Eating Jack Hooker’s Cow

Let’s talk about this one. From the archives. Michael Paterniti (h/t Wright): Go with him. Go out into the feed yards with Jack Hooker. His daddy was a cattleman, he was a cattleman, his son today is a cattleman. Go out to the feed yards near Dodge City, Kansas, out into the stink of manure and the lowing slabs of cow, into the hot sun and rain and driving snow with Jack Hooker and know what it means to be a man.

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79 thoughts on “Eating Jack Hooker’s Cow

  1. This might be my favorite story. I don’t know where Heckert found the link, but … wow.

    I think it’s the best story I’ve ever read about race, and it has that short story quality we strive for.

  2. My older brother showed me this story when it first came out, when I was 17. He was captivated.

    Not many stories anymore tell the whole truth, or nearly the whole truth, about how real people think and feel. This one does.

    Have you noticed, though, that this kind of stylish writing seems to have gone out of style? Look at the National Magazine Award nominees for this year. Almost all of them, if not all of them, are written in a straightforward, matter-of-fact tone.

    Hardly anyone writes like this anymore. Even Paterniti sounds different now.

  3. (Although he’s still doing great work. I wish his latest story from GQ, “The Suicide Catcher,” was online, so I could post the link. Read it if you can find it.)

  4. I found the link because for years I’ve waited for someone to put this story online, as well as “The House That Thurman Munson Built.” Every so often I check. Last week I checked and, lo and behold, someone put it up, or tried to–the link is cached.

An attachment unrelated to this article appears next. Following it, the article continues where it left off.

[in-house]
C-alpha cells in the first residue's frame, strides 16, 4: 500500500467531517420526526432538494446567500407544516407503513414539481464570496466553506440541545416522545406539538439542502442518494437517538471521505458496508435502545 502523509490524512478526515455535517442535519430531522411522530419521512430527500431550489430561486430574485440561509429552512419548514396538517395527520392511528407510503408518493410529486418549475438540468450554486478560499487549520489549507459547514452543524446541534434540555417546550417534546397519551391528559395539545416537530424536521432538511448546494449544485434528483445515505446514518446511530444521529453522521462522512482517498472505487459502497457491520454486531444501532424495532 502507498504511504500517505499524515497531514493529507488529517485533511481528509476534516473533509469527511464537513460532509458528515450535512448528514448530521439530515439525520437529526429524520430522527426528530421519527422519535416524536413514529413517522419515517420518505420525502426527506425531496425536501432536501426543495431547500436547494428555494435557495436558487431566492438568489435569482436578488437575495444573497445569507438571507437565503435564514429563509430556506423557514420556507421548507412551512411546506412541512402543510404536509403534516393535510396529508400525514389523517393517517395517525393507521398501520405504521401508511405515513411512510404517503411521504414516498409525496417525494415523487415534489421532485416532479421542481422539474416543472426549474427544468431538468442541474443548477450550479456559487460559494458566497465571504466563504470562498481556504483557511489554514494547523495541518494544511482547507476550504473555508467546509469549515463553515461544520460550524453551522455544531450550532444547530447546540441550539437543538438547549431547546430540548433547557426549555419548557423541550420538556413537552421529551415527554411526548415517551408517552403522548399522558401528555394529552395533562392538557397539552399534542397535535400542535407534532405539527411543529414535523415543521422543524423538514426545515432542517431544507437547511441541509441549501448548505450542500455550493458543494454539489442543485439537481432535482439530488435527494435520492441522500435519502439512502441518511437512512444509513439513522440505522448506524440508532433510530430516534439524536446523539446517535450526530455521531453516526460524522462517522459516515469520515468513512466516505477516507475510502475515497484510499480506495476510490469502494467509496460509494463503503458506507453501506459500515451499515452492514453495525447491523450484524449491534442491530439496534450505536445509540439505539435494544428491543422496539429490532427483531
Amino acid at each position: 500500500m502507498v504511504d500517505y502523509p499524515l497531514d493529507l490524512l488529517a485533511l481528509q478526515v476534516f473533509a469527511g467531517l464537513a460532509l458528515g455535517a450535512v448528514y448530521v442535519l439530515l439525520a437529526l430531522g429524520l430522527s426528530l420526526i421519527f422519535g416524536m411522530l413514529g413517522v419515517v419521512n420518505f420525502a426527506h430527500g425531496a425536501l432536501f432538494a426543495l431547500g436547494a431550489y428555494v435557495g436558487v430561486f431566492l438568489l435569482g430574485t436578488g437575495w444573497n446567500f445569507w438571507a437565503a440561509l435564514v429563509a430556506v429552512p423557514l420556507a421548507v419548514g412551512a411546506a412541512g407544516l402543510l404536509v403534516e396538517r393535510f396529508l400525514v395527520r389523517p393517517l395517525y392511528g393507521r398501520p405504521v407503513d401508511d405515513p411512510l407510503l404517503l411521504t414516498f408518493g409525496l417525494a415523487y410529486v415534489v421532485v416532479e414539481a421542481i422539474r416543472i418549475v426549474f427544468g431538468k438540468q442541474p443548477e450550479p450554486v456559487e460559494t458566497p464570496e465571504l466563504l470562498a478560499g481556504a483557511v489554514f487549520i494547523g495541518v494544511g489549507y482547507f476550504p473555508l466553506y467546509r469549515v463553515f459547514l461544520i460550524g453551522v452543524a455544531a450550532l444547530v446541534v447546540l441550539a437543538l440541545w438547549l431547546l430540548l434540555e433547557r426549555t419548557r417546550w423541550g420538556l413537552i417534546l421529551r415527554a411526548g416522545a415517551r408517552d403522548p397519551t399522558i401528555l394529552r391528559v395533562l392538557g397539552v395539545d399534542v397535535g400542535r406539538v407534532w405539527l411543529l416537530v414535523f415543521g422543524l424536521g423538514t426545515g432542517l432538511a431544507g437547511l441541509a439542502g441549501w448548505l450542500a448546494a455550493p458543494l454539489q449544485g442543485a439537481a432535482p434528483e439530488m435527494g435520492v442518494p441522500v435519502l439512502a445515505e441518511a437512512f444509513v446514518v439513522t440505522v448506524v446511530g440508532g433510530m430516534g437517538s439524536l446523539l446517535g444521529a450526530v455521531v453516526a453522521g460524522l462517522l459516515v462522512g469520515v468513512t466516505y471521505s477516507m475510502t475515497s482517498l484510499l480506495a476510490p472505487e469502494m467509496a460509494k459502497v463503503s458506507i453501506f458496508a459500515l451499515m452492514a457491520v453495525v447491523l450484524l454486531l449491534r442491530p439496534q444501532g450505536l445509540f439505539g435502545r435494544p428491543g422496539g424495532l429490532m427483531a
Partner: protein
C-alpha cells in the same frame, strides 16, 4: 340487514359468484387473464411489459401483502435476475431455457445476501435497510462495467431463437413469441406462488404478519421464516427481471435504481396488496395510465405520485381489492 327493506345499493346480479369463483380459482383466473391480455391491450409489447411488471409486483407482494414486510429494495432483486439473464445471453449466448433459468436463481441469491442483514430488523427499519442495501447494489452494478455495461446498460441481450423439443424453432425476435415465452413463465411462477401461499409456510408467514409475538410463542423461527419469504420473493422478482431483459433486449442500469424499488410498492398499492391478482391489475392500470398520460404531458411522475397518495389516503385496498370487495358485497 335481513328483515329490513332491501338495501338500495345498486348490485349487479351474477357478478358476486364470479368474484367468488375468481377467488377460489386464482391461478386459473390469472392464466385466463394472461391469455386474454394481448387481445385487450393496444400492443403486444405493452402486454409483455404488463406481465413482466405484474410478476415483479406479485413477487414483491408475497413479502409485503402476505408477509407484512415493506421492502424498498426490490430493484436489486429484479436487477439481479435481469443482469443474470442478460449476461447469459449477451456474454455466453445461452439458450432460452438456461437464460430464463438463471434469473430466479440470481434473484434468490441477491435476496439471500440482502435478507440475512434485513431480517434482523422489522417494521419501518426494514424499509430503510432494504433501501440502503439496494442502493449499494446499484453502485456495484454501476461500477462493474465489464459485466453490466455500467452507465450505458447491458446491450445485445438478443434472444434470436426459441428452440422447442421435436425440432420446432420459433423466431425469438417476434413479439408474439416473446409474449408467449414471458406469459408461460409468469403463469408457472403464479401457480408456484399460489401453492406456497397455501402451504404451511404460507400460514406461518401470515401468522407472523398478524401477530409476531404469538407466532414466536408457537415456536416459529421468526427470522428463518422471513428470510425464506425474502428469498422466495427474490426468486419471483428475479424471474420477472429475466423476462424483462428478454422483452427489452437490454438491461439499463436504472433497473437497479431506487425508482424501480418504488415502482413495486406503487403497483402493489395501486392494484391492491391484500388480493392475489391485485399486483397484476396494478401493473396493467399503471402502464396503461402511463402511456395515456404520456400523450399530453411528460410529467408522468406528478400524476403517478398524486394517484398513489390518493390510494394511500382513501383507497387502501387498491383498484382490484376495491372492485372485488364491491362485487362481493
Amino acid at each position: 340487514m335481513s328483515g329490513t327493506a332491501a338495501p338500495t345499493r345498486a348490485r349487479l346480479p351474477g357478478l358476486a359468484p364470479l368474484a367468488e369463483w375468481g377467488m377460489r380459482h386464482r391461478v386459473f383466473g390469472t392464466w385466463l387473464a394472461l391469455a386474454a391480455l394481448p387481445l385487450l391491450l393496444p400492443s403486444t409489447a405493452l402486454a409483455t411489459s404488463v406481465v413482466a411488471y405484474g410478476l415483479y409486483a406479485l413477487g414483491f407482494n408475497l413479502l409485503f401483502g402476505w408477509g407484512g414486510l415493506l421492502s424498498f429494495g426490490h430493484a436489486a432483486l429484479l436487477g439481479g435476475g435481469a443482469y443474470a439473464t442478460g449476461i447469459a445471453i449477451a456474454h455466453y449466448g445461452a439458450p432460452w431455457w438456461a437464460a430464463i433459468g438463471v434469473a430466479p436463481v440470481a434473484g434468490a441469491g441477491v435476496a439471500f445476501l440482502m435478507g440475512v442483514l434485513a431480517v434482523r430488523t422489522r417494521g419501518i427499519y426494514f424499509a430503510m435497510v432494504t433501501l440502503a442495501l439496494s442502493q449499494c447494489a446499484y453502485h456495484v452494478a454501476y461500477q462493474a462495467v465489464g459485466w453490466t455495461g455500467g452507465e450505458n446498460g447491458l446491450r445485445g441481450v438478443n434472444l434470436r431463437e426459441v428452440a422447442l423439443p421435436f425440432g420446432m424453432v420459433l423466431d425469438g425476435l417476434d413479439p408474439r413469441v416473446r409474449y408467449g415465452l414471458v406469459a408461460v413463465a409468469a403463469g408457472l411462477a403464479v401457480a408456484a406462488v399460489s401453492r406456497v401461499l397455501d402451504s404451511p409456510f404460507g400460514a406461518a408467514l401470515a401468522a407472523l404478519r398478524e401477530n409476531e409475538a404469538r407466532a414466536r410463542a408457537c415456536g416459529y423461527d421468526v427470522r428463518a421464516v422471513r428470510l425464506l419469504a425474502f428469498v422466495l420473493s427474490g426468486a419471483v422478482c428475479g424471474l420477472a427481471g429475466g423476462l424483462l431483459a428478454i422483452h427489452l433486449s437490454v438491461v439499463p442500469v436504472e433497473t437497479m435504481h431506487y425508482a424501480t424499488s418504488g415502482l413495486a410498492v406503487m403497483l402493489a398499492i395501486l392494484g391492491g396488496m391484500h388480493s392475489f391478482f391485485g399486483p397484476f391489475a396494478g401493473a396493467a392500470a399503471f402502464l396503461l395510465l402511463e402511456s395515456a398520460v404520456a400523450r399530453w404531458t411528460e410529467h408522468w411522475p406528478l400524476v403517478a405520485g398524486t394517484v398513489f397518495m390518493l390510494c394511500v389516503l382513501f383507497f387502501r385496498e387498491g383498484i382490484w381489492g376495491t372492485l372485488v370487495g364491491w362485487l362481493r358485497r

The main reason I like this story, other than the reasons that have been mentioned, is because when you read it the writing feels completely natural, nothing is forced, and the rhythm is phenomenal. This story is on another level, simply. Can writing be like that? Yes, it can be, I think. Another level. Not only is he a good reporter but he’s got a gift; a way with words.

    If you read his earlier work–even earlier than this, at Harper’s and before, at Outside–he loved to take pretty big risks. He never played it down the middle, as far as I can recall. That’s changed some since he’s gotten older. As a reader, it’s been noticeable. I’d love to ask him sometime about it.

  5. By the way, Michael Paterniti has been a National Magazine Award finalist six times; he’s won once.

    This story was not a finalist.

    But he did win the award that year, for his story “Driving Mr. Albert.”

    Among the stories he beat for the award was “Damned Yankee,” which is the personal favorite story of the man who has won more National Magazine Awards for writing than anyone else:

    Gary Smith.

  6. The article “Driving Mr. Albert” (which was like 17,000 words, and took up nearly that entire issue of Harper’s) led to a really fun, short, quirky book of the same name that expanded the original piece. I highly recommend it.

    I also recommend “The American Hero in Four Acts”, “A Machine Called Z”, “The Last Meal”, his Columbine essay, his essay on marriage, “The House That … (previously stated), if you can find those; and his story about Pernkopf’s Anatomy and story about the giant for GQ.

  7. Tom,
    Playing devil’s advocate on the stylishness bit, with no direct comment on this piece (which I’ve printed out to read tonight): A writer’s supposed to reflect his times, right? Nobody reputable is publishing Fear and Loathing screeds anymore, right? Maybe f-ed-up-edly complicated times call for straightforward, matter-of-fact writing. Whaddayathink?